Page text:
Shuri Ryusen Bingata
CONTRIBUTED BY CLAIRE BRAY-COLLINS
I’m a sucker for a good adventure. Heck! I’m a sucker for a good old fashioned tourist trap. I don’t mind the kitsch, the crowds or even a few re-enactors meandering about in old-timey garb offering peace-sign-poses for a gaggle of picture-snapping foreigners. My thought is: “Hey, if it’s new to me, it’s worth a peek. I can have fun anywhere”.
However, with my mother’s visit pending, and considering the many pictorials I’ve already emailed to her featuring this big place or that major attraction here on Okinawa, and with a good six months under my belt here in our new home I really began to yearn for a more unique, authentic, experience to share with my mom during her stay. Something more hands-on than a walk through the Yomitan Pottery Village (which was absolutely lovely, by the way), something a little more precious than a vial of salt made at Gala (also a good time—and a recommended outing for off-island visitors), and a touch more personal than painting ready-made Shisa’s at the Makishi Market (though reminiscent of “Color-me-mine”, there is a neat spot a few dozen meters down from the main entrance that would be a stellar activity for the 9-14 yr. old crowd—and great food just meters in any direction) and lastly, I wanted to show her something truly Okinawa. Something… Ryukyu…Traditional and unique. But what?
It so happened that a local friend of mine had recently introduced me to another Okinawan woman whose “meishi” (business card) I put in a safe place and—get this—actually remembered I had it. Hiromi-san is the current proprietor of an amazing traditional Bingata house near Shuri castle: Shuri-Ryusen.
From what I understand, Hiromi-san’s grandfather opened the shop in a building—it’s current location– that used to be part of the Shuri-jo grounds, and made bingata cloth with his own bingata dye “recipes” and methods, which he sold (primarily) for making kimonos. Shuri-Ryusen now offers much more than fabric for sale. It is a wonderful historic landmark and a great venue for viewing and experiencing traditional artistry as well. Located off of route 29 very close to Shuri Castle, the building looks like a large house and has three floors for guests to visit. The first floor houses the gift shop, and displays their beautiful bingata fabric as well as various items made with their fabric. The third floor is a working bingata studio and museum; there is ample information—albeit written mostly in Kanji & Hirigana– about the process, there are shelves full of vials, dried herbs and other substances used to dye the fabric, bolts of fabric in the various stages of production, (and the best part) local artisans engaged in the task of “painting” the gorgeous fabric for sale in the shop. The second floor is a visitors’ studio where people can try their hand at making a special bingata souvenir themselves.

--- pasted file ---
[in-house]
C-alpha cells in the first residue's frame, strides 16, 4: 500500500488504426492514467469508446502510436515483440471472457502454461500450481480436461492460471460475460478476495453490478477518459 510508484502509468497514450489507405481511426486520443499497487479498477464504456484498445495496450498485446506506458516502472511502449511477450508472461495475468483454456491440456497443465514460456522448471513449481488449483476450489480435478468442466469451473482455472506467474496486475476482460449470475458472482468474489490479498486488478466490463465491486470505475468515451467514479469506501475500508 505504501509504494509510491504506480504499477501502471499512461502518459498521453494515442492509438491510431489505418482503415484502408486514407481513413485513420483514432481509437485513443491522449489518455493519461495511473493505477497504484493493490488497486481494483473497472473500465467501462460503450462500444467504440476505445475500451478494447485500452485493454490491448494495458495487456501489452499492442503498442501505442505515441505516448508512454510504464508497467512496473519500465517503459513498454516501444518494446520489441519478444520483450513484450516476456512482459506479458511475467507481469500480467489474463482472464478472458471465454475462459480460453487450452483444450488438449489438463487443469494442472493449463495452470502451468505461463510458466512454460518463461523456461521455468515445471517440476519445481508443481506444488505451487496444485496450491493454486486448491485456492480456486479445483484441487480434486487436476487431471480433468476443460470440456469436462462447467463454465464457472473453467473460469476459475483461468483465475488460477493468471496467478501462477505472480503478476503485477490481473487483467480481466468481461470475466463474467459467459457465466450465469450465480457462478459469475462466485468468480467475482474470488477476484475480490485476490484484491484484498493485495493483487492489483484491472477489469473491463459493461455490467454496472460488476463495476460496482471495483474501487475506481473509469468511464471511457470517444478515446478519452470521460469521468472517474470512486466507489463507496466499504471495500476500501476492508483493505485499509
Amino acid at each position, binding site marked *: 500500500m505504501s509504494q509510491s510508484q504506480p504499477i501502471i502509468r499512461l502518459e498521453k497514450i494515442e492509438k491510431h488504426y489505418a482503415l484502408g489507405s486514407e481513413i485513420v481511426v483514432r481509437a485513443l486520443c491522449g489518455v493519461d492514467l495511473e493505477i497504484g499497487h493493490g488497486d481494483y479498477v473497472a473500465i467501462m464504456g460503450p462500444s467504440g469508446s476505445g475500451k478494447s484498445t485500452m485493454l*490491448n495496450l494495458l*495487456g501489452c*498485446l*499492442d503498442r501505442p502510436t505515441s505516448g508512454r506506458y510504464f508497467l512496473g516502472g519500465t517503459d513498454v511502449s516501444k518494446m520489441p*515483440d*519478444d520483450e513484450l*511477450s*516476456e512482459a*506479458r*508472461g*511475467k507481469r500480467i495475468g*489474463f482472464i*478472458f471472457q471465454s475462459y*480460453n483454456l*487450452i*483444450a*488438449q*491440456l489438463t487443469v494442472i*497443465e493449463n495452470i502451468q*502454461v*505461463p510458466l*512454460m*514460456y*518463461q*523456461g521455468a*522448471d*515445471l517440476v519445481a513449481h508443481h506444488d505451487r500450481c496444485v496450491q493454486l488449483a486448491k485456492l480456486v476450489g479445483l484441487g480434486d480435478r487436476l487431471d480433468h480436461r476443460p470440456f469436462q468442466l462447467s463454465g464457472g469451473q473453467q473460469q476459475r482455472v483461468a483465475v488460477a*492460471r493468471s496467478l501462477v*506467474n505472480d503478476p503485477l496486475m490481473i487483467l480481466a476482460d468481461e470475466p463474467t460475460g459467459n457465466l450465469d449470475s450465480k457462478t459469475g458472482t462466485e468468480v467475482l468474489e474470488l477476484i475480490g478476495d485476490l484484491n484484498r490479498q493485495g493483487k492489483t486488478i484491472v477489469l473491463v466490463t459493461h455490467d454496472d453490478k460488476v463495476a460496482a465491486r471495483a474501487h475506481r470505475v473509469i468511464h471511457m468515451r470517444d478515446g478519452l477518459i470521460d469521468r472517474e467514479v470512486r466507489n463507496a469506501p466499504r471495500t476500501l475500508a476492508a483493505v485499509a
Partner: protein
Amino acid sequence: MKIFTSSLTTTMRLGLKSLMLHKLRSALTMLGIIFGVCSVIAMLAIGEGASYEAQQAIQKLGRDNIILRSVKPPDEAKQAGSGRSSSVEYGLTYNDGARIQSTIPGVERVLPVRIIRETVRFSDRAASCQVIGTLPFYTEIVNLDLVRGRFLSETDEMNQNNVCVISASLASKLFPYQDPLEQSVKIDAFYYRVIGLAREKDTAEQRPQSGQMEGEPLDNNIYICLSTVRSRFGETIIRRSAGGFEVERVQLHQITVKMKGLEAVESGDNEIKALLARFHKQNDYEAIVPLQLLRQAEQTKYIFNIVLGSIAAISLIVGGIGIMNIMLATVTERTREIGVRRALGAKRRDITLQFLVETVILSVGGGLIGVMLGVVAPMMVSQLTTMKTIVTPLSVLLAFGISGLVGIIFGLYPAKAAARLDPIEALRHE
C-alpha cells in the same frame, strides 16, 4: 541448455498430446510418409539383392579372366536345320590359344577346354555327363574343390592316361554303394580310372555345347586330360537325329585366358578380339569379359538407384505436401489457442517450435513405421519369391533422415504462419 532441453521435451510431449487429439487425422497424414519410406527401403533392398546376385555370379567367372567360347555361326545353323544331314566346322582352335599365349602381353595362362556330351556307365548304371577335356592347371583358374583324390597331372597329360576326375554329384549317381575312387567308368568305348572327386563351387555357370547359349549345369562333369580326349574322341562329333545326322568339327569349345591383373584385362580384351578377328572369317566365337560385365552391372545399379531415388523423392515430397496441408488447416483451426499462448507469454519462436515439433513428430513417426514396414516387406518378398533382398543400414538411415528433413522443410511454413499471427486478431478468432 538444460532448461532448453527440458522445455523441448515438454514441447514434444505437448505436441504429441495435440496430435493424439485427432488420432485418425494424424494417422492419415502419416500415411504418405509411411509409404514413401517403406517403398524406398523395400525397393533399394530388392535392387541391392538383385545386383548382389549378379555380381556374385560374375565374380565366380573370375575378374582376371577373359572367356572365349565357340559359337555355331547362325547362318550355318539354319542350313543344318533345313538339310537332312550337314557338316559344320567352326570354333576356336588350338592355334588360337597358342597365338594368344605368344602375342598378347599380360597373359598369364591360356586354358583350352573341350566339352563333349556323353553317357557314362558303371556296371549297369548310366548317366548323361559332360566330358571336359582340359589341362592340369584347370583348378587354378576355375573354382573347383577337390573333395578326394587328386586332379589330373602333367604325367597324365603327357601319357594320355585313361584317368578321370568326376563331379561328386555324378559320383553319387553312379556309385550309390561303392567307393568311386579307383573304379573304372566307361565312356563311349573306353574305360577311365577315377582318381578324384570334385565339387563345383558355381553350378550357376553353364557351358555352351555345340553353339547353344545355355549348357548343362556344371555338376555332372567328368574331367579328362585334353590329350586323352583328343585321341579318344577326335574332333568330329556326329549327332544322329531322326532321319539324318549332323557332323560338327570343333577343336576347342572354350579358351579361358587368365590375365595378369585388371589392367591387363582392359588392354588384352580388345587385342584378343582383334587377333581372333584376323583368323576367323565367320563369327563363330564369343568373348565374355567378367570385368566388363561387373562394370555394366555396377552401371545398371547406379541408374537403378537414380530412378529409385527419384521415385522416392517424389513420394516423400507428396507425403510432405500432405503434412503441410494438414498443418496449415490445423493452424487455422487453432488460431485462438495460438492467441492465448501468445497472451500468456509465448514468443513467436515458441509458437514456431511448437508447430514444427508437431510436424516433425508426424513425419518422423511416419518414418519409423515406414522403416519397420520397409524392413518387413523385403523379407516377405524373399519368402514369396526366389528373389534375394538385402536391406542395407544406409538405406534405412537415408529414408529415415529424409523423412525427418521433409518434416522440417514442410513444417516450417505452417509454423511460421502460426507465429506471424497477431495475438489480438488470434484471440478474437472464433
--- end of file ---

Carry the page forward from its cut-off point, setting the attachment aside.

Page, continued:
I brought my mom, a good friend and my wee companion “Newt” to Shuri Ryusen on a Tuesday morning. We didn’t call or make an appointment first (though it’s recommended for larger groups—6 or more I’d say off the cuff), we just turned up to poke around and see what was there. The staff was gracious and welcoming, allowing us to wander and watch until we were ready to settle in and give it a go. The bingata activity offered to visitors involves dyeing an item (or items) of your choice with bingata ink using fossilized pieces of coral they have mounted on cement blocks. A staff member demonstrated, and gave us a brief tutorial before letting us “have at it” on our own. I chose to dye a t-shirt, my mother a scarf, and my friend selected a “furoshiki”—a traditional Japanese wrapping cloth (for bentos and such). They also had plain aprons and tote bags to dye as well. It was all at once a fun, relaxing (dare I say therapeutic), and challenging pursuit for each of us. I fully intend on going back with anyone willing to come along. This was the perfect, and truly original Okinawa experience I’d been searching for.
Hours: Shuri Ryusen is open daily from 10 a.m. until 5 p.m.
Cost: A D.I.Y. bingata session is 3,000 yen per person per item. We took our time, and weren’t rushed at all; the actual process (for us, one item each working all together at the same table) took roughly an hour (we were the only “tourists” doing bingata at that time, but there was ample room for more). To my knowledge, there is no time limit, but again, for a large party it is best to call and schedule something first.
Payment: They accept Yen and credit cards.
Address: 1-54 Yamakawa-cho in Naha.
Directions from online: Take Hwy 330 to Naha and turn left to Shuri at Asato intersection. Continue all the way up the hill passing Nikko Grand Castle Hotel on the left. At the traffic light take right and then right again at the next light. One more right at the first major intersection and Shuri Ryusen is on the right about 100 meters from the intersection.
Look for the 3-story “house” with a tile roof. The street it’s on is narrow, so hard to miss, but it is narrow, so pay attention! If you pass it, I don’t know how far you’d have to go before being able to turn around. There is limited (5 or 6 cars?) parking directly across the street. If the lot is full, and if you’re able, send someone in to ask where there is more (legal) parking:
“Sumi-masen, mot-to chu-sha-joh wa doko desu ka?” They’ll be happy to help…I had nice young man help back my (comparably) “giant” minivan in to our tiny spot.